News publishers hesitate to commit to investing more into Threads next year despite growing engagement
This editorial series examines industry trends across the media, media buying and marketing sectors as 2023 closes and the new year begins. More from the series →
News publishers are cautious to pour more resources into Threads, the nearly six-month old X-competitor from Meta, and don’t have plans to do so in the near future as limited data available to their social and audience development teams makes it difficult to determine whether investing more into the platform is worth it.
That includes three news organizations — including The Boston Globe, CNN and The New York Times — where execs said they were seeing engagement grow on Threads since its launch. All three declined to share data to back that up, citing the difficulty of measuring aggregate data on the platform. But other news publishers like the BBC and the Guardian U.S. have stopped posting from their main accounts on the platform, and are monitoring whether it’s worth investing resources into.
For now, Threads remains a place for experimentation. News orgs are seeing what posts resonate with their audiences — judging by likes, replies and referral traffic, as no other metrics are available to them from Threads — as they look for alternative ways to connect with their audiences on text-based social platforms, especially as referral traffic and engagement on X (formerly Twitter) continues to fall. Meta does distinguish Threads traffic from its other properties, including Facebook and Instagram.
X still gets about 100 times more web traffic than Threads worldwide and has more than 11 times more monthly active users of its mobile apps in the U.S., according to David Carr, senior insights manager at data analytics company Similarweb. Estimated November desktop traffic show X had 5.9 billion visits worldwide, down 13.8% year over year and a decrease of 4% month over month, according to Carr, while Threads had 49.4 million visits was flat month over month. Based on data from Android users, X usage was down 2% from October to November, while Threads was up 12.8%, he said.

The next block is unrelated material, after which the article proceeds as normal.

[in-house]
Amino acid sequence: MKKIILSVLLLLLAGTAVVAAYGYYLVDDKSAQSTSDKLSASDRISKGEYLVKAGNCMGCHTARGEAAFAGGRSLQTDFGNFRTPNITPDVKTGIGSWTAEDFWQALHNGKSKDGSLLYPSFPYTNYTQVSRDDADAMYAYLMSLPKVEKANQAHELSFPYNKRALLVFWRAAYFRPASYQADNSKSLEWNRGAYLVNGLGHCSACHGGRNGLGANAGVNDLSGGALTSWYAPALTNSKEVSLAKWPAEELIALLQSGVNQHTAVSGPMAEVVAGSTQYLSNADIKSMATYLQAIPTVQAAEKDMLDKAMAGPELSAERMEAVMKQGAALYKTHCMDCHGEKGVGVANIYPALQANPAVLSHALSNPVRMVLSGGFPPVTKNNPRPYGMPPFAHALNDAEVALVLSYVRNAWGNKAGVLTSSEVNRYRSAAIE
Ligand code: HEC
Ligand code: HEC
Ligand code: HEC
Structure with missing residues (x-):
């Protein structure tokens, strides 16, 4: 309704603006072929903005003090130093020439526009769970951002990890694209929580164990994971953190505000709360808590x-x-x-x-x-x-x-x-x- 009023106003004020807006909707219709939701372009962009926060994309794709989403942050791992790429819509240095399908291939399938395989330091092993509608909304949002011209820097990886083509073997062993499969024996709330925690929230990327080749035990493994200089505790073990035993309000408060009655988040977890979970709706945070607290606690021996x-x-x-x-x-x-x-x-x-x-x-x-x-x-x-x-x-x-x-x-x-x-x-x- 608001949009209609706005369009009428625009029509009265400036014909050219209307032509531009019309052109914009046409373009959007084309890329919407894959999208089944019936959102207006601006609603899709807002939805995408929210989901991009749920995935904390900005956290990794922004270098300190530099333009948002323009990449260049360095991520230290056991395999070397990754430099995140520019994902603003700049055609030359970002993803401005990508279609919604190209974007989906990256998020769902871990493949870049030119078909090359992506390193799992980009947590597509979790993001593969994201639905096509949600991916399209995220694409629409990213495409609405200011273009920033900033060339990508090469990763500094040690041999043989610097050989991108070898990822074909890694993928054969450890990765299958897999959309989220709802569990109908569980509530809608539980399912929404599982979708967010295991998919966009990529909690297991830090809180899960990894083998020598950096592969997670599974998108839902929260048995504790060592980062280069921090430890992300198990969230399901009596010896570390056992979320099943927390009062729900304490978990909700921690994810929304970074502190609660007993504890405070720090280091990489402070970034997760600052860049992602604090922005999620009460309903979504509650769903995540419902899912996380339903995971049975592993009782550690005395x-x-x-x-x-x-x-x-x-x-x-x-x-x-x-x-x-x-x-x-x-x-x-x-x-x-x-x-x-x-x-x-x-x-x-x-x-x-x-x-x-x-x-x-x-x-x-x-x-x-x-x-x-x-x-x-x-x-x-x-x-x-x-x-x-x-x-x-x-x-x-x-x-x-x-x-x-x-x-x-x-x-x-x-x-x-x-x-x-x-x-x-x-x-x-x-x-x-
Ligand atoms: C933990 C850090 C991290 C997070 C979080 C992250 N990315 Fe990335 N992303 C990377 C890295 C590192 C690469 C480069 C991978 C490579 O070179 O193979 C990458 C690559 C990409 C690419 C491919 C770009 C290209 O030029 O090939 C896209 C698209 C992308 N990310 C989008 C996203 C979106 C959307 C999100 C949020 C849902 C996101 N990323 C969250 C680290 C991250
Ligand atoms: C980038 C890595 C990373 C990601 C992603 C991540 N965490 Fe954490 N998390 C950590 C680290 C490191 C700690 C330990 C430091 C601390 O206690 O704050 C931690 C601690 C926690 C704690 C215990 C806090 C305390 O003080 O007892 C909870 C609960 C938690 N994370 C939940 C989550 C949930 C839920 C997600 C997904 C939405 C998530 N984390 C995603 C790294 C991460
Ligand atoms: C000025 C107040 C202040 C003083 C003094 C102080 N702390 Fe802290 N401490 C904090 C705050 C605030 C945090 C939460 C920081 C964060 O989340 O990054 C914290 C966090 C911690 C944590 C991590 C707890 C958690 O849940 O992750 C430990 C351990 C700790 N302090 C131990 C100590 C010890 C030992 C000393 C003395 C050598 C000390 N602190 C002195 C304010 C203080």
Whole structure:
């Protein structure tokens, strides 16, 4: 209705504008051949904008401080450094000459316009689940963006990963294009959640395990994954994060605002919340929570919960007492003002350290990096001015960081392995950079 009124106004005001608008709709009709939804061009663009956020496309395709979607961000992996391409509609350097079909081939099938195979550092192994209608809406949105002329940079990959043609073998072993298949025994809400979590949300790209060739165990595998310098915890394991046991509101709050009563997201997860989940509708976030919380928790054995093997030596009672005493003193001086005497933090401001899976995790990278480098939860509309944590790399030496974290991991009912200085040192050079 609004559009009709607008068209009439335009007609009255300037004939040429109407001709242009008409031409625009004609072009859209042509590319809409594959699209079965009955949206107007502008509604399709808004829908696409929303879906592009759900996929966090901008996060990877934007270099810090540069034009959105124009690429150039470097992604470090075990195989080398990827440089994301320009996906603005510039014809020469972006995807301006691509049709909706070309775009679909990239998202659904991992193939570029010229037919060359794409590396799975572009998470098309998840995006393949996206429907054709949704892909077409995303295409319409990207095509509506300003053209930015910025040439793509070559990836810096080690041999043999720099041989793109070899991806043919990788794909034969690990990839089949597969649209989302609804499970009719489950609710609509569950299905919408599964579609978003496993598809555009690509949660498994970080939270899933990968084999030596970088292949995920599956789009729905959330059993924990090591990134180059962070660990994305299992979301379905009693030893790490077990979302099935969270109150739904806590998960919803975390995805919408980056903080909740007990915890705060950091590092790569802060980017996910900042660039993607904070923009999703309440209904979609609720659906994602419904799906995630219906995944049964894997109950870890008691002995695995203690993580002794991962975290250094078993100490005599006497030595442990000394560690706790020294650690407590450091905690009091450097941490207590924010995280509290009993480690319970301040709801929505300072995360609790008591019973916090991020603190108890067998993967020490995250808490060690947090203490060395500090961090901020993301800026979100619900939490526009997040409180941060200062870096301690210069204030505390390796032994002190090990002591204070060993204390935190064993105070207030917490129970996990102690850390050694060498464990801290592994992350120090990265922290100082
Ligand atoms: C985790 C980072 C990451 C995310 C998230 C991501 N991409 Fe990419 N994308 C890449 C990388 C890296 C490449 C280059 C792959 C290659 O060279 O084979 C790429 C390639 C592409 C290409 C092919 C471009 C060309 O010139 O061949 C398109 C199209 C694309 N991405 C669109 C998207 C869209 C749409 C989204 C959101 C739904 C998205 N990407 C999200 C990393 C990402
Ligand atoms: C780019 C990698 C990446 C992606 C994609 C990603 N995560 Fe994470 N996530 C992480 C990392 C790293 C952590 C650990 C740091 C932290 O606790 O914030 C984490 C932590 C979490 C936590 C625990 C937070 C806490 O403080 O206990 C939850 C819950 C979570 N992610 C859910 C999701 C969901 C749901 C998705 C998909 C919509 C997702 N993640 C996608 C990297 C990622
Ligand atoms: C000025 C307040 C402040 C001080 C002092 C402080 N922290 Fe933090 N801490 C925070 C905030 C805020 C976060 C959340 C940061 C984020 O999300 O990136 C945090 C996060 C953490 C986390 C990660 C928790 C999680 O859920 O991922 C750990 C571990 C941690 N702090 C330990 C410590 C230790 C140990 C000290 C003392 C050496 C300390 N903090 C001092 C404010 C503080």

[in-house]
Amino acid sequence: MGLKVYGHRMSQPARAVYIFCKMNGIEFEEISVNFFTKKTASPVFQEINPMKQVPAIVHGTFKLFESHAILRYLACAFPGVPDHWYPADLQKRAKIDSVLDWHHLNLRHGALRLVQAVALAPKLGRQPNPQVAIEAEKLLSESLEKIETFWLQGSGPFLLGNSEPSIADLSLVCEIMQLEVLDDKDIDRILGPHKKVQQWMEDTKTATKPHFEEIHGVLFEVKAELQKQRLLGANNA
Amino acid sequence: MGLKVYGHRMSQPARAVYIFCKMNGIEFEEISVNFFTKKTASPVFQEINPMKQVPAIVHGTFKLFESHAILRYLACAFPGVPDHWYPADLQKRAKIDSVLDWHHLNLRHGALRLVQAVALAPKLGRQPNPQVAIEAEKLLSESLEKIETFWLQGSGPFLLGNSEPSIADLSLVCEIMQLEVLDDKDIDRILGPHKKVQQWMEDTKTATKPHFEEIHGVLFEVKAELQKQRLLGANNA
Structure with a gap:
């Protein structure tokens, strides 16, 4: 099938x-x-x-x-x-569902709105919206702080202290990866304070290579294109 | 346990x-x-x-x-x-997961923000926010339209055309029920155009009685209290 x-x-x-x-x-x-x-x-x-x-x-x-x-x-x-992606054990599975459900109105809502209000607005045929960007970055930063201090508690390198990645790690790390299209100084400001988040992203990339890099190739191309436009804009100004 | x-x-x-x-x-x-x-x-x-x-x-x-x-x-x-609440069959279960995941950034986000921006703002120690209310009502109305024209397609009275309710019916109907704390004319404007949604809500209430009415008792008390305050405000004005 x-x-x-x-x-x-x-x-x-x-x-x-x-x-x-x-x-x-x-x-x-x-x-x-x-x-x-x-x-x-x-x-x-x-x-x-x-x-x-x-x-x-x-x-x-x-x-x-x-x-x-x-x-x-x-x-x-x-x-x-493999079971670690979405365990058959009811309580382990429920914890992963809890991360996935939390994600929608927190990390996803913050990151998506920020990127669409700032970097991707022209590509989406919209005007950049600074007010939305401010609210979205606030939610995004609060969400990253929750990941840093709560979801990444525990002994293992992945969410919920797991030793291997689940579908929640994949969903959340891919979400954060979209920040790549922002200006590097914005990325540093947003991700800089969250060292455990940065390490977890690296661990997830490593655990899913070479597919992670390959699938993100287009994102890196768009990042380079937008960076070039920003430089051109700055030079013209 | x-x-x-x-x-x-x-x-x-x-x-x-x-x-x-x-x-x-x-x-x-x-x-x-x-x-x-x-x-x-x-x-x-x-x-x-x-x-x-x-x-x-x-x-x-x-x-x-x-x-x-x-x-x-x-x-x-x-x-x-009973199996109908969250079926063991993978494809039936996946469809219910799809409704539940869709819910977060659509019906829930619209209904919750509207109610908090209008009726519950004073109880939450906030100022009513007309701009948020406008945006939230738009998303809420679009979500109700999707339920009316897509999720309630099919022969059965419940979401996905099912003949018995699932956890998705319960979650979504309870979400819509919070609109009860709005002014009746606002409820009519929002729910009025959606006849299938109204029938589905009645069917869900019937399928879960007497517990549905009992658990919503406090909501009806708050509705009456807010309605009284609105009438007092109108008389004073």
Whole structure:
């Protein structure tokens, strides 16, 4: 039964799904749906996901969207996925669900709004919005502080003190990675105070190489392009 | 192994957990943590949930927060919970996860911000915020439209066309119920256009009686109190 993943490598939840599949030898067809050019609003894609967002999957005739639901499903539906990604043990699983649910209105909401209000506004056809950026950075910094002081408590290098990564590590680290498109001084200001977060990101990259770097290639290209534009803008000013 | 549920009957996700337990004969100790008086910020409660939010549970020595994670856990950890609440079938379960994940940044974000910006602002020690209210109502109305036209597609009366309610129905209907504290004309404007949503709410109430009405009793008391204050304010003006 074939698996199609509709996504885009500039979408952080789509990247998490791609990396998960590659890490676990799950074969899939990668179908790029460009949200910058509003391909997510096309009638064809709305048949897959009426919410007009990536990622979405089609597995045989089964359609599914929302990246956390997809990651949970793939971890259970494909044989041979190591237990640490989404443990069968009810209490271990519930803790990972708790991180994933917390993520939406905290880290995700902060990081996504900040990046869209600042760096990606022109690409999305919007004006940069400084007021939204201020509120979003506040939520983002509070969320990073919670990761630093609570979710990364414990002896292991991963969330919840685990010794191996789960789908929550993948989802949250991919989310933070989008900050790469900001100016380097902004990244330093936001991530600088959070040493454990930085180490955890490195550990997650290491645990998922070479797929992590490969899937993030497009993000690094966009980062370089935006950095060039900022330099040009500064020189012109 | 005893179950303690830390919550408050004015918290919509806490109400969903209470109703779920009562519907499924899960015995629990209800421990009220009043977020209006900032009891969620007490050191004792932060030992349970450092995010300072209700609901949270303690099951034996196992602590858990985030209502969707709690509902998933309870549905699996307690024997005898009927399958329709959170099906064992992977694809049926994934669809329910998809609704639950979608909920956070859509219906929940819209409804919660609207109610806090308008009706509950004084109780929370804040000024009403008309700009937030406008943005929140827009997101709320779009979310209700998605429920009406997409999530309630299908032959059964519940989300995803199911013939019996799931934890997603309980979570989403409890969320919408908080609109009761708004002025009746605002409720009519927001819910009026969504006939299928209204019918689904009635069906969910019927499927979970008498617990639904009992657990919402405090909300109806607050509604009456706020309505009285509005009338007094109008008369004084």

“There’s a pull to Threads — it’s a good platform, it’s a good [and] improving product. And there’s an element of being pushed away from X, where there’s only so much time you can spend on it a day now before you just want to pull your hair out,” said Matt Karolian, general manager at Boston.com. “It does feel like a confluence of factors that have really helped it grow.”
Social teams at The Boston Globe and The New York Times that primarily focus on posts for Facebook and X have added managing and programming content on Threads to their daily workflows — but those that oversee those teams are hesitant to put more time and energy into Threads beyond that, and have not assigned dedicated editors to the platform.
“Most things that we rely on to evaluate a platform and if it’s worth investing resources in we don’t know about Threads,” said Jake Grovum, director of off-platform at The New York Times. “But we wouldn’t continue being on the platform and maintaining it every day if it wasn’t something that we thought was promising for the future but also currently delivering on the audience.” The New York Times has 2.3 million followers on Threads, compared to 55.1 million followers on X.
Meta did not respond to requests for comment before publishing time.
Karolian has been analyzing Threads data that The Boston Globe does have (likes, comments and reposts) about twice a month, and is “consistently seeing higher engagement on a per-post basis on Threads than we are on X.” Currently, the Boston Globe has over 60,000 followers on Threads, compared to over 794,000 followers on X. A sports-related video post from last week received about 310 likes, compared to a similar sports video post from about two months ago that received around 140 likes.